M A I N   N E W S

SC gives govt free hand to allocate natural resources
Court says auction not the only permissible method
R Sedhuraman
Legal Correspondent

New Delhi, September 27
In a major relief to the Centre, a five-judge Bench of the Supreme Court today virtually gave it a free hand in the allocation of natural resources, clarifying that the judgment mandating auction was restricted to the 122 telecom licences the SC had cancelled in February this year.

“Auctions are not the only permissible method for disposal of all natural resources across all sectors and in all circumstances,” the Bench headed by outgoing Chief Justices SH Kapadia, who retires on September 29, observed in response to a presidential reference.

Through the reference, the government had sought a clarification as to whether auction was the only route available under the February 2, 2012 SC verdict for allocation of all natural resources.

Cancelling the 122 telecom licences issued in 2008 by the then Telecom Minister A Raja, a two-Judge SC bench had ruled that “the state is duty-bound to adopt the method of auction” to realise market price and prevent losses to the state exchequer. This prompted the government to seek the clarification and contend during the arguments that auction was not possible in the case of all natural resources.

In the 208-page response to the reference, the SC made it clear that the allocation of natural resources “is a policy decision, and the means adopted for the same are thus, Executive prerogatives.”

The SC said “It respects the mandate and wisdom of the executive for such matters. The methodology pertaining to disposal of natural resources is clearly an economic policy. It entails intricate economic choices and the court lacks the necessary expertise to make them.” The other members of the bench were Justices DK Jain, JS Khehar, Dipak Misra, and Ranjan Gogoi.

Going into the concept of market price, the SC pointed that the “auction is just one of the several price discovery mechanisms. Since multiple variables are involved in such valuations, auction or any other form of competitive bidding, cannot constitute even an economic mandate, much less a constitutional mandate.”

On a plea by PIL petitioners to read auction as a constitutional mandate under Article 14 which barred the government from taking arbitrary decisions, the SC said doing this would be against Article 39(b) under which the government should distribute natural resources, going by “common good” and public interest. The 122 licences had been cancelled at the instance of the PIL petitioners, who as a result had become respondents to the presidential reference.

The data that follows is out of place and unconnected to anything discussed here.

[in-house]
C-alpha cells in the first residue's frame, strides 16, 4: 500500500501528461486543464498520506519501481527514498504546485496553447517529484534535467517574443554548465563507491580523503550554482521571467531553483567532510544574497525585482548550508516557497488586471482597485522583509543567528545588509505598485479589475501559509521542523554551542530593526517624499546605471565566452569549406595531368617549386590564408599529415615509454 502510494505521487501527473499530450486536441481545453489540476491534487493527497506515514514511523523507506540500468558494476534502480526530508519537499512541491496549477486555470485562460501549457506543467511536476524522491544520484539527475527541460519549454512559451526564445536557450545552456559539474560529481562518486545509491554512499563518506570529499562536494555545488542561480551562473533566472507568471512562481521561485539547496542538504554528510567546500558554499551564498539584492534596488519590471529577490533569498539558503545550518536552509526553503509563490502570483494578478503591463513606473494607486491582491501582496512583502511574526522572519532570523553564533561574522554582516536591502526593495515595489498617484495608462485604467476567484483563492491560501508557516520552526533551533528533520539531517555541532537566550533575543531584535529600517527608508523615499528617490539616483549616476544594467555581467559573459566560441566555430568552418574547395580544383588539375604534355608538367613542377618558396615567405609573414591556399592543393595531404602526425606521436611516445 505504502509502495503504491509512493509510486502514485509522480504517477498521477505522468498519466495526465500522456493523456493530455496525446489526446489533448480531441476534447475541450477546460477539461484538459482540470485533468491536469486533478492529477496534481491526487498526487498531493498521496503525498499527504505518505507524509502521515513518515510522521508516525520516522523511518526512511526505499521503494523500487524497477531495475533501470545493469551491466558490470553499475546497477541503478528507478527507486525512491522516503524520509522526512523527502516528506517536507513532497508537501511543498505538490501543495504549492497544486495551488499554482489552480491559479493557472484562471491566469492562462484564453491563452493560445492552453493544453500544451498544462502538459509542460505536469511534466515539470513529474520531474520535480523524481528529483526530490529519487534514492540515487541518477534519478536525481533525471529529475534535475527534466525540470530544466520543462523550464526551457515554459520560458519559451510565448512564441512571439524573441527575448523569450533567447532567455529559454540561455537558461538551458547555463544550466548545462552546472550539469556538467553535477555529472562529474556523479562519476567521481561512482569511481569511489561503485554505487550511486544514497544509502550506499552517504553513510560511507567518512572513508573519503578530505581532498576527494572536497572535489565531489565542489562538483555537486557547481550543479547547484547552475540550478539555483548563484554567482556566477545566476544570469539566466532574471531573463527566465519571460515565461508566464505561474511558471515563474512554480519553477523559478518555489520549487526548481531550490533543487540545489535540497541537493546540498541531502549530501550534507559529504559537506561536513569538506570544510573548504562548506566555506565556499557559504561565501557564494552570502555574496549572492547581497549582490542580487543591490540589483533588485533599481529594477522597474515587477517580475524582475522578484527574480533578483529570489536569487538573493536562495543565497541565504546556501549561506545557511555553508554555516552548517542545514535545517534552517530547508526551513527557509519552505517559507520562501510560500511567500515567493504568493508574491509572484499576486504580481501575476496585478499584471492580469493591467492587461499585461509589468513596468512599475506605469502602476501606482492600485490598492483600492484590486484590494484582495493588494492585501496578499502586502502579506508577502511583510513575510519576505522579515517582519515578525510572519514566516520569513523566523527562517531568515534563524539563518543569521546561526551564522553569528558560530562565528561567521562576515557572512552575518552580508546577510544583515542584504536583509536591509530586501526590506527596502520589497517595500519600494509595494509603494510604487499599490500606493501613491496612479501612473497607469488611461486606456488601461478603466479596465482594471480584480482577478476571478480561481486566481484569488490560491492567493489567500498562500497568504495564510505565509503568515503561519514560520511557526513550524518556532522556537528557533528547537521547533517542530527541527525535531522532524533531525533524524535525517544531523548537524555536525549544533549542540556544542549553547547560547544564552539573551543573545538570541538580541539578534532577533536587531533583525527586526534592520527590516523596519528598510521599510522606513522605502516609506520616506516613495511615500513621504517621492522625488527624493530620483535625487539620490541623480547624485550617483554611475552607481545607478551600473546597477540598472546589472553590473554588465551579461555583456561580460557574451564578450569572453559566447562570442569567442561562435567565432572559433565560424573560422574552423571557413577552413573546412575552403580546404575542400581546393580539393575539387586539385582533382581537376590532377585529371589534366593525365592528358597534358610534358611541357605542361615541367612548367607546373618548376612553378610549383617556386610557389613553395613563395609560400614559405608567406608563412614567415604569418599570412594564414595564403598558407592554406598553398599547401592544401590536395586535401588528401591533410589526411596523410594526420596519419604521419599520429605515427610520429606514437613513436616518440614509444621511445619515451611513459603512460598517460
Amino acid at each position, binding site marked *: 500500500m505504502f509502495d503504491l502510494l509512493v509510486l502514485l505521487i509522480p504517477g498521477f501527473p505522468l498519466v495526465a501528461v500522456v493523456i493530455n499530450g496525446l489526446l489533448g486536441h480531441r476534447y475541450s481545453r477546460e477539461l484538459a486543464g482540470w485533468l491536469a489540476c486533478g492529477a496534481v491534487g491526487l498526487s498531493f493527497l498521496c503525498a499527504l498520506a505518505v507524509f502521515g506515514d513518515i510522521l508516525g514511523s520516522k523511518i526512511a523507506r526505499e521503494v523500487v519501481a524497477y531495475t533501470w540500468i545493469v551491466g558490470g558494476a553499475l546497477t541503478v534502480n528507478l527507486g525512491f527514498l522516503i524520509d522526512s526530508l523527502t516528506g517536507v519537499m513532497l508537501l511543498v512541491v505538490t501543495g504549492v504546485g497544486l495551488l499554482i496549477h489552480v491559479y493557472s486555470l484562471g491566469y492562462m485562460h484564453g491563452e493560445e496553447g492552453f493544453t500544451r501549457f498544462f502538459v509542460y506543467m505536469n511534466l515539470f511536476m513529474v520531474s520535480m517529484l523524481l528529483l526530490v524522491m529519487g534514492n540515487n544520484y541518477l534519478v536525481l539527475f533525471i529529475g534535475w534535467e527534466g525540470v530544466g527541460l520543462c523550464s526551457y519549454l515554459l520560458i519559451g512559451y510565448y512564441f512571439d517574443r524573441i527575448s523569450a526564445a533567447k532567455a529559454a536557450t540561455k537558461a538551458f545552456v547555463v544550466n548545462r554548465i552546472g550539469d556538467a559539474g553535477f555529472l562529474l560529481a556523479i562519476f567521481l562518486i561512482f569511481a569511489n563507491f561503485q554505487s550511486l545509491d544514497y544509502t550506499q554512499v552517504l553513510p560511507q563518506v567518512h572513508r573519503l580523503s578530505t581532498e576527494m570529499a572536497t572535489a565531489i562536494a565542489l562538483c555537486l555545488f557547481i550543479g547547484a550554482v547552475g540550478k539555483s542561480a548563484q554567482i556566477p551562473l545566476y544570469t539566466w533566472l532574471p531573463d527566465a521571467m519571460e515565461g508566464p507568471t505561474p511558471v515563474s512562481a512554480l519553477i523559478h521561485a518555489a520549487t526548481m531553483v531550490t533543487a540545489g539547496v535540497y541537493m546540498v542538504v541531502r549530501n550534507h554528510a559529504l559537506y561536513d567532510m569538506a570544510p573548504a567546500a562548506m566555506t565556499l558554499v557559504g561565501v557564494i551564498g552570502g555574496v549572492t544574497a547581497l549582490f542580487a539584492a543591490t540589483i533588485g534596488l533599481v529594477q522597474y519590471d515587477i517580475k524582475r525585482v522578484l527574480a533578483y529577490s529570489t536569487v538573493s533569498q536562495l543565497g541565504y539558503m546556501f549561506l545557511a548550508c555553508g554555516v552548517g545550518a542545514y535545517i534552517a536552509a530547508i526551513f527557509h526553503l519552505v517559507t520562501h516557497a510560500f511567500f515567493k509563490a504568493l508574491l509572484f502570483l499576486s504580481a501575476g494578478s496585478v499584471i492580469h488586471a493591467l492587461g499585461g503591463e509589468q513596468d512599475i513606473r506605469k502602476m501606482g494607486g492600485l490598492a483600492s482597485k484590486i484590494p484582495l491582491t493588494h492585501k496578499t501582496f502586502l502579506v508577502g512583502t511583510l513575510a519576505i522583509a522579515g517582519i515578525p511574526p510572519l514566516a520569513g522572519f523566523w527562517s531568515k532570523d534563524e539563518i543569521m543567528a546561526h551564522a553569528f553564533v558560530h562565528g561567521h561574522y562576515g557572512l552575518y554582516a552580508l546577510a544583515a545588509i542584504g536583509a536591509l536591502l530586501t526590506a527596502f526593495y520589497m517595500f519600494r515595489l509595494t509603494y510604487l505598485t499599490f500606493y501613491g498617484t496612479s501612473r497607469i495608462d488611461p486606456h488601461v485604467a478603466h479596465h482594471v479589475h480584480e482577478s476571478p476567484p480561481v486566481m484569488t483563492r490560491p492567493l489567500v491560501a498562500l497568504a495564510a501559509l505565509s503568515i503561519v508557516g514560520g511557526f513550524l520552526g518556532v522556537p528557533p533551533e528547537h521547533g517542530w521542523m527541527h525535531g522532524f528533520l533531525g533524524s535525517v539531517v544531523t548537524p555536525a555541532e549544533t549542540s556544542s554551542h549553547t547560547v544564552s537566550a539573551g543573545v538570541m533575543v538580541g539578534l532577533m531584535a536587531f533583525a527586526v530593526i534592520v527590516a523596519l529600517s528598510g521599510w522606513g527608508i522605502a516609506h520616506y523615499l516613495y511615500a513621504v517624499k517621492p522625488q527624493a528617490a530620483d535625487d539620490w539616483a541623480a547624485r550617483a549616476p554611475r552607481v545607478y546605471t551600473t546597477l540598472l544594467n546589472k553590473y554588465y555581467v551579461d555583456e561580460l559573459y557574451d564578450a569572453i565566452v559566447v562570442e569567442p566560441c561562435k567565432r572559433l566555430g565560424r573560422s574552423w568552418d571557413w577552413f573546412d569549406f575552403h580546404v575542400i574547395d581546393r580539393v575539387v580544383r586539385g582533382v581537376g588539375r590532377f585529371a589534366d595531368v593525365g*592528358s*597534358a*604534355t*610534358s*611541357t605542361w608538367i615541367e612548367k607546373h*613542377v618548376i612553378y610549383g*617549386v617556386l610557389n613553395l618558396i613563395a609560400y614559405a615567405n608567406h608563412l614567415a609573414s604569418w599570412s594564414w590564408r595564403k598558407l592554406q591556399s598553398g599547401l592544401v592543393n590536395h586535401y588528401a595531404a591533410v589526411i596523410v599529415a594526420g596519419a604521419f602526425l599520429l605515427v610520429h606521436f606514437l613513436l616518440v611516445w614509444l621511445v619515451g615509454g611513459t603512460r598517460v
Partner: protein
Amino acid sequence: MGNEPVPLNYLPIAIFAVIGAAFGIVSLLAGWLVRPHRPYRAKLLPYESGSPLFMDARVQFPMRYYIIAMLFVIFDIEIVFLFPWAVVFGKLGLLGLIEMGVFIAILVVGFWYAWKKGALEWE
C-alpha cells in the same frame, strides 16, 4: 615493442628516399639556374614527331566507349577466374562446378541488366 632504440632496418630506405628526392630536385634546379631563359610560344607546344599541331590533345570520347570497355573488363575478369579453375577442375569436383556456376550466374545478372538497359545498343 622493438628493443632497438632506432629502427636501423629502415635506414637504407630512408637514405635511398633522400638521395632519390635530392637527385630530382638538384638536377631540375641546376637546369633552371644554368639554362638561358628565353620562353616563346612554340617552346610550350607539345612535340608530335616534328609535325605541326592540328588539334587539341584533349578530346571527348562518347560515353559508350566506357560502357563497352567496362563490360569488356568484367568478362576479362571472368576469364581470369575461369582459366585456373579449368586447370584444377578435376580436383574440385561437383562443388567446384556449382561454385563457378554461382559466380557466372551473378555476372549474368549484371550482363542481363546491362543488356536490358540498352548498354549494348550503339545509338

“It is obvious that the manner in which the common good is best sub-served is not a matter that can be measured by any constitutional yardstick - it would depend on the economic and political philosophy of the government,” the SC said.

Further, “revenue maximisation is not the only way in which the common good can be sub-served. ?Auction would be one of the preferable methods, though not the only method,” it explained.

At times, revenue considerations “may assume secondary consideration to developmental considerations. Therefore, in conclusion, the submission that the mandate of Article 14 is that any disposal of a natural resources for commercial use must be for revenue maximisation, and thus by auction, is based neither on law nor on logic. There is no constitutional imperative in the matter of economic policies,” the SC remarked.

The apex court also pointed out that the “government has repeatedly deviated from the course of auction and this court has repeatedly upheld such actions.”

Essentially, whenever the object of policy was other than revenue maximisation, the Executive had adopted methods other than auction. Further, auction “may be contrary to economic logic as well. Different resources may require different treatment. Very often, exploration and exploitation contracts are bundled together due to the requirement of heavy capital in the discovery of natural resources.”

The SC also opined that the fear of potential abuse of other mechanisms by the government could not be a ground for mandating auction.


The government has been under attack after CAG reports on 2G spectrum that had come out with a presumptive loss of `1.76 lakh crore and on coal block allocations that assumed a gain of `1.86 lakh crore to private companies

Auction is just one of the several price discovery mechanisms

In some cases, auction will hinder development

The Supreme Court has confirmed what the government has been saying, that policy making should be left exclusively to the government. The order has brought Constitutional clarity

— Kapil Sibal, Telecom Minister

Public good and public interest cannot be subservient to revenue maximisation when it comes to disbursement of natural resources or national resources

— Anand Sharma, Industry Minister





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